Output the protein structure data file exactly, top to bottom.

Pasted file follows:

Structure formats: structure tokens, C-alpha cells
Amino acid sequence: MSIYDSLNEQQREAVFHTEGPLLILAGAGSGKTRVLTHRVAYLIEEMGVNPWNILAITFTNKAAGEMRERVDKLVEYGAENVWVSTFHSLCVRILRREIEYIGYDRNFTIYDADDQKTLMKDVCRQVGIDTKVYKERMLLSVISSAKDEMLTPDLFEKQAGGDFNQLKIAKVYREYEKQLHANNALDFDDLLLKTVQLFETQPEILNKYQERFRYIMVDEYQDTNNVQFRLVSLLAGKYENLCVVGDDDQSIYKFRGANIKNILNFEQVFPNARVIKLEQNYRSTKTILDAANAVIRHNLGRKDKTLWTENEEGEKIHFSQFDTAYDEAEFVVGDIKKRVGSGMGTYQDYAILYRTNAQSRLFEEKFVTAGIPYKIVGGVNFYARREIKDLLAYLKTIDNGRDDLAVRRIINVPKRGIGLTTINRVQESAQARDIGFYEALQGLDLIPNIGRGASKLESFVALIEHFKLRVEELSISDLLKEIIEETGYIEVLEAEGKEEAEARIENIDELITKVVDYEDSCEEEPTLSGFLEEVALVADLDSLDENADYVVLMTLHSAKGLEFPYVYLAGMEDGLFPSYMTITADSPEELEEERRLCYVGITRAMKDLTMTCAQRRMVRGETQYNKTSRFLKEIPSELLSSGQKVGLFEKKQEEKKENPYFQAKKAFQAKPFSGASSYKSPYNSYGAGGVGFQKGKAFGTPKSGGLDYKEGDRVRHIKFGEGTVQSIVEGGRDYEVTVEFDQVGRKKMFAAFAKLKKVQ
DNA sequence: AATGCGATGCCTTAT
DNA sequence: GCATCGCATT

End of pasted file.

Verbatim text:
Structure formats: structure tokens, C-alpha cells
Amino acid sequence: MSIYDSLNEQQREAVFHTEGPLLILAGAGSGKTRVLTHRVAYLIEEMGVNPWNILAITFTNKAAGEMRERVDKLVEYGAENVWVSTFHSLCVRILRREIEYIGYDRNFTIYDADDQKTLMKDVCRQVGIDTKVYKERMLLSVISSAKDEMLTPDLFEKQAGGDFNQLKIAKVYREYEKQLHANNALDFDDLLLKTVQLFETQPEILNKYQERFRYIMVDEYQDTNNVQFRLVSLLAGKYENLCVVGDDDQSIYKFRGANIKNILNFEQVFPNARVIKLEQNYRSTKTILDAANAVIRHNLGRKDKTLWTENEEGEKIHFSQFDTAYDEAEFVVGDIKKRVGSGMGTYQDYAILYRTNAQSRLFEEKFVTAGIPYKIVGGVNFYARREIKDLLAYLKTIDNGRDDLAVRRIINVPKRGIGLTTINRVQESAQARDIGFYEALQGLDLIPNIGRGASKLESFVALIEHFKLRVEELSISDLLKEIIEETGYIEVLEAEGKEEAEARIENIDELITKVVDYEDSCEEEPTLSGFLEEVALVADLDSLDENADYVVLMTLHSAKGLEFPYVYLAGMEDGLFPSYMTITADSPEELEEERRLCYVGITRAMKDLTMTCAQRRMVRGETQYNKTSRFLKEIPSELLSSGQKVGLFEKKQEEKKENPYFQAKKAFQAKPFSGASSYKSPYNSYGAGGVGFQKGKAFGTPKSGGLDYKEGDRVRHIKFGEGTVQSIVEGGRDYEVTVEFDQVGRKKMFAAFAKLKKVQ
DNA sequence: AATGCGATGCCTTAT
DNA sequence: GCATCGCATT